Phillip Anderson/University of Texas at Dallas
Response of the Ionosphere and Thermosphere to Geomagnetic Storms in the Mid to Low Latitudes

The purpose of the proposed research is to understand how energy is transferred from the high-latitudes to mid and low latitudes during geomagnetic storms and how this energy impacts the ionospheric structure and the occurrence of radiowave scintillation. It will address FST #1, namely Mid-latitude and Equatorial Dynamics of the Ionosphere-Thermosphere System . In particular, the research will focus on the generation and propagation of acoustic gravity waves (AGWs) produced in the auroral region and the associated traveling atmospheric and ionospheric distrubances (TADs/TIDs), their impact on ionospheric structure in the mid and low latitude, and their impact on the generation of the ionospheric bubbles responsible for ionospheric scintillation. We will use ionospheric data from the C/NOFS and DMSP satellites, thermospheric data from the CHAMP, GRACE, and GOCE satellites, a globally distributed set of TEC measurements from ground-based GPS receivers, along with the Global Ionosphere Thermosphere Model (GITM). With the given set of measurements, we will cover nearly the entire realm of interest of the thermosphere/ionosphere system, although other datasets such as ionosonde networks, radars, and imagers will be considered.

The presence of TIDs and their characteristics (wavelength, propagation speed, orientation, etc.) will be determined by the GPS measurements. The DMSP and C/NOFS data will be used as a complement to the GPS measurements and will also be used to determine the TID characteristics, filling in where the GPS measurements are not available. The CHAMP, GRACE, and GOCE thermospheric data will, in the same way, be used to determine the characteristics of the TADs associated with the TIDs. Finally, GITM simulations, bounded by the measured thermospheric and ionospheric parameters will be used to tie the measurements together and provide a global picture of the propagation and structure of the TADs/TIDs and the response of the ionosphere. The high latitude inputs to the GTIM model will be bounded by the DMSP ion drifts, responsible for Joule heating, and precipitating particle responsible for particle heating.

With the given set of measurements, we will cover nearly the entire realm of interest of the thermosphere/ionosphere system. Specific questions to be addressed are:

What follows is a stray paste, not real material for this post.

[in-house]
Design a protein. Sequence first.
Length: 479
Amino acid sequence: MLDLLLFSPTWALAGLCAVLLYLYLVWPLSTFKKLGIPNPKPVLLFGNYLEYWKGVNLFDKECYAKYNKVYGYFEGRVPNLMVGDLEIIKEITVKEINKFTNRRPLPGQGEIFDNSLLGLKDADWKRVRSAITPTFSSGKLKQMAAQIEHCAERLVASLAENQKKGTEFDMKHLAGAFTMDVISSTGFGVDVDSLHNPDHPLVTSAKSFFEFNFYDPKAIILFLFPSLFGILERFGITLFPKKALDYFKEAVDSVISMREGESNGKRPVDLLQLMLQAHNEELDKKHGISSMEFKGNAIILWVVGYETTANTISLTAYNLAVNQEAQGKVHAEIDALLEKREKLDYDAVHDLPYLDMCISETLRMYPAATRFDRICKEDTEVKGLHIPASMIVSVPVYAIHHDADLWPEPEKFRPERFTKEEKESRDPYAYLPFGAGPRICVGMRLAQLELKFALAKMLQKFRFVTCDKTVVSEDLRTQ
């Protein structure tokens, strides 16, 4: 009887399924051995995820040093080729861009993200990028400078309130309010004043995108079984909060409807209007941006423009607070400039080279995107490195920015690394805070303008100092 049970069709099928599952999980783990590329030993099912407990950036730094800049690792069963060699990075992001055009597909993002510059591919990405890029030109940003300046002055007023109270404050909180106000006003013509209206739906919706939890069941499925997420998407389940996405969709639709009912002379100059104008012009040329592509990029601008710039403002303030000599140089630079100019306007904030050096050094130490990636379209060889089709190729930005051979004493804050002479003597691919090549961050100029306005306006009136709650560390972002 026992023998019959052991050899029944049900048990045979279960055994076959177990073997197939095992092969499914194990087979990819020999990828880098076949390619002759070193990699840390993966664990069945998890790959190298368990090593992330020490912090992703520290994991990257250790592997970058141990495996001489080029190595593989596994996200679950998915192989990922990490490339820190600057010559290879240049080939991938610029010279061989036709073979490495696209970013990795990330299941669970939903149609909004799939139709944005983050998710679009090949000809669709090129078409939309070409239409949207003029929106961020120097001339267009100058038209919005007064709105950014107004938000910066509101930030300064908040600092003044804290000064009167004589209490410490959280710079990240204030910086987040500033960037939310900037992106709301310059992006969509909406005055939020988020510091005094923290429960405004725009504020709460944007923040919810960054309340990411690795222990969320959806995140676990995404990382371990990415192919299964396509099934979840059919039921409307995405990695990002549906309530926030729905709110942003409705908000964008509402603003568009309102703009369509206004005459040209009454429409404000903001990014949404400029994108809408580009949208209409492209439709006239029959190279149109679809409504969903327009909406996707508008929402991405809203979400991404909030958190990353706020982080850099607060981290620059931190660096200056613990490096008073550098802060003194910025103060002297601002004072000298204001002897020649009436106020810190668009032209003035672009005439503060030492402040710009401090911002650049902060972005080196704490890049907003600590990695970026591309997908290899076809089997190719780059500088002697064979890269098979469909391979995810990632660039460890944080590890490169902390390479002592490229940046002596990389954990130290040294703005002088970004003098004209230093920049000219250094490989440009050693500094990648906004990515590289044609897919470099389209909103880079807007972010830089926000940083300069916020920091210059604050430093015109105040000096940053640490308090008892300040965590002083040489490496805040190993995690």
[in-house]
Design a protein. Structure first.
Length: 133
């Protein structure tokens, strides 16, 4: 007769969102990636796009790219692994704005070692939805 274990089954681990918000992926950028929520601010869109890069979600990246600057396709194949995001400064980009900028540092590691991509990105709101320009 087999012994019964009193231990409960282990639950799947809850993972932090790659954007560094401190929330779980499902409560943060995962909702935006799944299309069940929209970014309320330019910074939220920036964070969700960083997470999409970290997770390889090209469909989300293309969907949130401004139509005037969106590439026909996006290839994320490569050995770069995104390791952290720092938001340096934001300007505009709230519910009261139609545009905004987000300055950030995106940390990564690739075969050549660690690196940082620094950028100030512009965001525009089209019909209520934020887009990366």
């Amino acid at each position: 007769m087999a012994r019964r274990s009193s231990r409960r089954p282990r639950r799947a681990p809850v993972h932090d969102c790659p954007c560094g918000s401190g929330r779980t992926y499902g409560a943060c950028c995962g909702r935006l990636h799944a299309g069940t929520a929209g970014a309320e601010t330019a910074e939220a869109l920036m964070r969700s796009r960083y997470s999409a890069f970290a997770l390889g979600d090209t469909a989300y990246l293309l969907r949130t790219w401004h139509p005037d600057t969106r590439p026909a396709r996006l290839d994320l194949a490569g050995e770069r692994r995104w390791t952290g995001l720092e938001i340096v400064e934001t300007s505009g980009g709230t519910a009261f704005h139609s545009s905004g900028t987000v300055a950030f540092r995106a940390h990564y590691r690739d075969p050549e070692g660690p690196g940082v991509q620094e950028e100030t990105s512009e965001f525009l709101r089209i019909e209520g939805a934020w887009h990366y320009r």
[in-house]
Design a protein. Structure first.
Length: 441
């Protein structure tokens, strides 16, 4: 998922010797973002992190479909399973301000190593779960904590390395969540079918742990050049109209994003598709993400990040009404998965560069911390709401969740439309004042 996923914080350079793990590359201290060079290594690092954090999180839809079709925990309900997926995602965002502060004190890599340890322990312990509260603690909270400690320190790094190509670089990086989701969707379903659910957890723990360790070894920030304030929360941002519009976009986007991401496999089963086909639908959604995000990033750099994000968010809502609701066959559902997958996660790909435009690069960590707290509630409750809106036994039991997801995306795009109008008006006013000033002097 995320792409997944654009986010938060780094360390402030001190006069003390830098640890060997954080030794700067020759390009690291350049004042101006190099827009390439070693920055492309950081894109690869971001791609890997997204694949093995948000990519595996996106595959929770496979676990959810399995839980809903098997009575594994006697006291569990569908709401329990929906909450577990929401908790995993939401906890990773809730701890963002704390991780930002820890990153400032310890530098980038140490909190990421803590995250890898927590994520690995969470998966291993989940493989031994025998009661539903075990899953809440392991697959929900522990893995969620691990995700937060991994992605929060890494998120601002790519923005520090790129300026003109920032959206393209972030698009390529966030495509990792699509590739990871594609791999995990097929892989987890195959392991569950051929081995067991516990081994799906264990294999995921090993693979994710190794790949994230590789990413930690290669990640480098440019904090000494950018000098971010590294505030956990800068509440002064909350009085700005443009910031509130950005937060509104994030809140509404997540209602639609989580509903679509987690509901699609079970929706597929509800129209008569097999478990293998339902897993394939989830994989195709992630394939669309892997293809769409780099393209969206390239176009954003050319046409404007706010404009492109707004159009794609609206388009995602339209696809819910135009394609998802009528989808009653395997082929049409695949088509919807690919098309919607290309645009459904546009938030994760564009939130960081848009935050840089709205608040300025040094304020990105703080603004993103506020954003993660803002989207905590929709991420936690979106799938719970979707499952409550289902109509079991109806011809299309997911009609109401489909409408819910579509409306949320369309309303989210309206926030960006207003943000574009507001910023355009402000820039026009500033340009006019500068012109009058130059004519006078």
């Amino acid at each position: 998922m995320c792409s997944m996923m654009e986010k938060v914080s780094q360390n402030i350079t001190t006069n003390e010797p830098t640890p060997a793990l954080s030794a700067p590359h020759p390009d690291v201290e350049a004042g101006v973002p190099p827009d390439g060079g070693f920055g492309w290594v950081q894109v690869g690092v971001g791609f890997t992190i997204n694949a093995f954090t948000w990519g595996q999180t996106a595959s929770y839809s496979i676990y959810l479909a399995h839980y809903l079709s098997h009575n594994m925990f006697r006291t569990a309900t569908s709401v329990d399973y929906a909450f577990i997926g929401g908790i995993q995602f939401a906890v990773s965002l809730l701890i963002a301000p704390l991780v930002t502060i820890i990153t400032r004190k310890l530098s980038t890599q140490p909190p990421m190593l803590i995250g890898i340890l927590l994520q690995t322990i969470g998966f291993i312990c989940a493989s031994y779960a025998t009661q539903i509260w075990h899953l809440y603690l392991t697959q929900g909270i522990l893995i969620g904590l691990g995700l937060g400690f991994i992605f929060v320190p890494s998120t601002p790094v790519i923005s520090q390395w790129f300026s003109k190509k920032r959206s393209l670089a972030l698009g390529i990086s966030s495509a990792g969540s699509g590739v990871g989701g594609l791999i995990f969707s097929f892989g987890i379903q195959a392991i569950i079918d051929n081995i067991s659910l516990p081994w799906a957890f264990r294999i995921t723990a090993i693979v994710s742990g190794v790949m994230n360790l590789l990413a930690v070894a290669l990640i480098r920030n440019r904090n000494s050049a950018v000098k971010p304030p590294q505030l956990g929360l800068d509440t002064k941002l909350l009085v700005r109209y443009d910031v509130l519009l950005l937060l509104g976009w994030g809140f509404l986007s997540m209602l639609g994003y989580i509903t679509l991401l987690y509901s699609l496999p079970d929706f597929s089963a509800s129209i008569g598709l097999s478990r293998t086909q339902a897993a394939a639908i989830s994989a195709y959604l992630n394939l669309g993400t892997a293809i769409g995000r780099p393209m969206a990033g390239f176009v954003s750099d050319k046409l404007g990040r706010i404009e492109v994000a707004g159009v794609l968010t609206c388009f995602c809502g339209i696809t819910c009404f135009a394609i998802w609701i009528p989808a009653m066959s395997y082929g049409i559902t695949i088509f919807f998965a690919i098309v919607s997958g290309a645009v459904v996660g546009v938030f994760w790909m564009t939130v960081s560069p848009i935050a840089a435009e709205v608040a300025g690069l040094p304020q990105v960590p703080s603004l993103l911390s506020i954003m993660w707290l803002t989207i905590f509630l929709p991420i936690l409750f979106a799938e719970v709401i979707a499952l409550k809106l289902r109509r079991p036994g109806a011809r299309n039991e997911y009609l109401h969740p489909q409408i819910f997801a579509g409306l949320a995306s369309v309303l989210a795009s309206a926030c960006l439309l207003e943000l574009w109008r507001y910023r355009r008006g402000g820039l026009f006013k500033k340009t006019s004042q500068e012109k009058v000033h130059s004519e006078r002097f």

(1) How is the propagation and structure of TADs/TIDs dependent on longitude?
   (2) What are the effects of TIDs on the generation of the ionospheric bubbles responsible for radiowave
         scintillation, what are the important associated TID characteristics (wavelength, speed, orientiation, etc.)
         and what is the impact of longitude (geomagnetic field orientation)?
   (3) What is the impact of geomagnetic activity and TADs/TIDs on ionospheric structure in the mid and low
         latitudes and how does the response of the ionosphere in these regions depend on longitude?

These questions clearly address the questions and goals of the FST "Ion-Neutral Interactions in the Topside Ionosphere". In particular, the following science questions listed in the solicitation:
     What is the mid-, low-, and equatorial latitude structure of plasma density, particularly during
        geomagnetically active periods, and how does the magnetic field longitudinal orientation and magnitude
        affect it?
     What is the role of TIDs and TADs?
     How does the coupling between lower atmosphere and ionosphere (possibly source for non-migrating tides
        and localized gravity wave activity) contribute and affect TEC and scintillation?

The proposed study clearly addresses the type of investigations sought, using historical, ongoing and future observations from space and ground instrumentation in combination with a physics based model, and addressing several of the required science questions.